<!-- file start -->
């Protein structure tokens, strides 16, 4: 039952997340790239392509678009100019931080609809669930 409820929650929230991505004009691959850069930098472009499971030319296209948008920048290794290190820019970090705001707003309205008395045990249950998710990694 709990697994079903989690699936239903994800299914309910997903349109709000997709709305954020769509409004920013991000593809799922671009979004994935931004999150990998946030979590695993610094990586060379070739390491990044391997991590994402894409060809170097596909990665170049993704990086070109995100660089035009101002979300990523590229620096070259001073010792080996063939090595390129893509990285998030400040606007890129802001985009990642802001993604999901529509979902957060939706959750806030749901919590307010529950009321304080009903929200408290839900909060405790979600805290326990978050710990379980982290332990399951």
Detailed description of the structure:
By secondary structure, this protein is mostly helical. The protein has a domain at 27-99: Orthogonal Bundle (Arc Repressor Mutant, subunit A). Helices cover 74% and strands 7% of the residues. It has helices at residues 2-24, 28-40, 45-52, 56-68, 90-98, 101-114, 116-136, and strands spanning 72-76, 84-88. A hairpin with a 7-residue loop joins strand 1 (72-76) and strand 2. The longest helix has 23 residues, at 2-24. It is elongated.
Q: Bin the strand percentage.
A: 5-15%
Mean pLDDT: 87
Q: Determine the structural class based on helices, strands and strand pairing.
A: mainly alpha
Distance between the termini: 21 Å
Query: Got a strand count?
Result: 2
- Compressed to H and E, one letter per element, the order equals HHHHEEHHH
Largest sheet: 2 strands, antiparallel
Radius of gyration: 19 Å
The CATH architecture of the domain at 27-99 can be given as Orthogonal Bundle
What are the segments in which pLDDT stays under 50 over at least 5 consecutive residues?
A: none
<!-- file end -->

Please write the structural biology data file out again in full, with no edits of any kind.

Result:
């Protein structure tokens, strides 16, 4: 039952997340790239392509678009100019931080609809669930 409820929650929230991505004009691959850069930098472009499971030319296209948008920048290794290190820019970090705001707003309205008395045990249950998710990694 709990697994079903989690699936239903994800299914309910997903349109709000997709709305954020769509409004920013991000593809799922671009979004994935931004999150990998946030979590695993610094990586060379070739390491990044391997991590994402894409060809170097596909990665170049993704990086070109995100660089035009101002979300990523590229620096070259001073010792080996063939090595390129893509990285998030400040606007890129802001985009990642802001993604999901529509979902957060939706959750806030749901919590307010529950009321304080009903929200408290839900909060405790979600805290326990978050710990379980982290332990399951």
Detailed description of the structure:
By secondary structure, this protein is mostly helical. The protein has a domain at 27-99: Orthogonal Bundle (Arc Repressor Mutant, subunit A). Helices cover 74% and strands 7% of the residues. It has helices at residues 2-24, 28-40, 45-52, 56-68, 90-98, 101-114, 116-136, and strands spanning 72-76, 84-88. A hairpin with a 7-residue loop joins strand 1 (72-76) and strand 2. The longest helix has 23 residues, at 2-24. It is elongated.
Q: Bin the strand percentage.
A: 5-15%
Mean pLDDT: 87
Q: Determine the structural class based on helices, strands and strand pairing.
A: mainly alpha
Distance between the termini: 21 Å
Query: Got a strand count?
Result: 2
- Compressed to H and E, one letter per element, the order equals HHHHEEHHH
Largest sheet: 2 strands, antiparallel
Radius of gyration: 19 Å
The CATH architecture of the domain at 27-99 can be given as Orthogonal Bundle
What are the segments in which pLDDT stays under 50 over at least 5 consecutive residues?
A: none